Your company’s name and its reputation!
I was talking with a business owner the other day that was very, very frustrated. He was coming from his architect’s office, after reviewing a set of plans for a building that he was having constructed. His contractor, a firm that he had used for the past 35 years had changed owners 3 times in the past 35 years.
The original owner had his name on the firm and the firm still operates with that same name. After the firm was originally sold to the second owner, the original owner stayed and helped through the ownership transition. After the owner retired and subsequently died, the second owner sold the business to yet a third owner who did not know the original owner.
The challenge arose when the business owner I talked with told me he was used to asking for something and the work was completed. He was used to having the “owner’s word as his bond”– if he said he was going to take care of it, the matter was handled in a professional and timely manner.
Sadly, the problem today is that the third owner is not aware of the reputation of the original business and as such, has begun to alienate his many original clients. As I listened to the business owner tell this story, I began to think about the many consequences that occur.
If you are the owner of a business that has a long time family name associated with it, most people probably remember the ethos of the orginal owner, good or bad. We hope good!! If you have bought a business that has a long time family name, there is probably some goodwill associated with the name. You paid for that goodwill when you bought the business, you sure don’t want to loose it now.
In the above mentiond case, the 3rd business owner still maintains the original family name, however, it seems that he has gone away from some of the customer care attributes that were characteristic of the original owner.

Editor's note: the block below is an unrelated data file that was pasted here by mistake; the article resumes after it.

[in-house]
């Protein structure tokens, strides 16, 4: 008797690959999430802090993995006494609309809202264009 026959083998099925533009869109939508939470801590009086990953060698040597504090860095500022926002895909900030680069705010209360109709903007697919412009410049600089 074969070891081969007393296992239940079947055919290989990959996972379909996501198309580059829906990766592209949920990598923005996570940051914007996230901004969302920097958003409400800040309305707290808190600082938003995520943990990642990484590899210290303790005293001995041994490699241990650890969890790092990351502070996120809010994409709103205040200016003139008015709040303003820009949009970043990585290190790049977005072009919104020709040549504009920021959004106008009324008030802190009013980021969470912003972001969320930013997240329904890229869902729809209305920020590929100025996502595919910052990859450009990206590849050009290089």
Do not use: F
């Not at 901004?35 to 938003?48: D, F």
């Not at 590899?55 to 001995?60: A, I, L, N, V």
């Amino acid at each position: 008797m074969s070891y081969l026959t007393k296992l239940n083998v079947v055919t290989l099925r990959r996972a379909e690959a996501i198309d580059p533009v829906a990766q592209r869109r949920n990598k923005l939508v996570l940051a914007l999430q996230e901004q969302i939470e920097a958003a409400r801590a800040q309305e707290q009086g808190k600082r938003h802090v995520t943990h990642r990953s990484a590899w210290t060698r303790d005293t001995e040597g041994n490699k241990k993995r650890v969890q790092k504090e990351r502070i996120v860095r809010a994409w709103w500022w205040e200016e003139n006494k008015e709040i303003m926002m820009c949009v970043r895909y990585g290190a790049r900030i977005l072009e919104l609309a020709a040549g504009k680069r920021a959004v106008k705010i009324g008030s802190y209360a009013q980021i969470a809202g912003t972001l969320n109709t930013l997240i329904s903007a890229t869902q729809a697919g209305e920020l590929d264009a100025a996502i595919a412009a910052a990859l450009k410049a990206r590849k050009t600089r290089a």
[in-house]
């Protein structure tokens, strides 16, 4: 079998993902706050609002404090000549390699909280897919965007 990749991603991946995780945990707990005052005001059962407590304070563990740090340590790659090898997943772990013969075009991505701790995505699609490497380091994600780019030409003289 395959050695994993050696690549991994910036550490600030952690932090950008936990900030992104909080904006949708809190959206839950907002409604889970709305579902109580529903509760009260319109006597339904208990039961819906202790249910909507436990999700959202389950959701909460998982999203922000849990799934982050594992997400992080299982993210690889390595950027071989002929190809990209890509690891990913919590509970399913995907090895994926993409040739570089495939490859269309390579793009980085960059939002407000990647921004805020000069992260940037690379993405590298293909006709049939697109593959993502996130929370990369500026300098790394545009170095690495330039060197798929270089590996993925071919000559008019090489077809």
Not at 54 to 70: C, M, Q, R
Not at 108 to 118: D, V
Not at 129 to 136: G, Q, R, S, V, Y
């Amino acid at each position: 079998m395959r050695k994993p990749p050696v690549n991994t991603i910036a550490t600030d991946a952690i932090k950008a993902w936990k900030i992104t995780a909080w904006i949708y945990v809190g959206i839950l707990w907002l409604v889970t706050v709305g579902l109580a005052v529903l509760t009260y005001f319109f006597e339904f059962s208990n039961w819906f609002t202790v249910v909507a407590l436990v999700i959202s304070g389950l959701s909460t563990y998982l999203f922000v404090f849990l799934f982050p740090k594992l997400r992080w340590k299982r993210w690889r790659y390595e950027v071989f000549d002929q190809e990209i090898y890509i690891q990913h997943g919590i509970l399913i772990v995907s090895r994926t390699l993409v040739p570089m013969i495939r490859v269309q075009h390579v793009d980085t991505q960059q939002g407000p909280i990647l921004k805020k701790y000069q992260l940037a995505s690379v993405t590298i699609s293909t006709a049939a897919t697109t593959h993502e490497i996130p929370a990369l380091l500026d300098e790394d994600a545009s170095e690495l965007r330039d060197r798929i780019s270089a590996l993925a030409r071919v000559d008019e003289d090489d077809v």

Think about your business. Did you buy an original family business? If yes, I suspect that you probably bought some “blue sky”, good will and reputation of the firm. If this is the case, you certainly don’t want to ruin any of that. If you do, you are wasting money.
If you have recently lost several orders, we suggest that you spend some time exploring how that occurred. Price may be one factor, material selection may be one factor, however, a factor that you may not have considered is that your professional reputation has been damaged and you don’t know it. This is tricky and not surprisingly, may be more common than you might imagine.
In the case of the business owner that I visited with, I suspect that he will not use this contractor again, once his building is complete. I might be wrong, however, if this happens in your business, you may wish to find out why. You will have to ask some hard questions, the answers you receive may be painful, however, if you have answers, you now know what you need to do to turn around a negative reputation. Food for thought in today’s competitive business climate!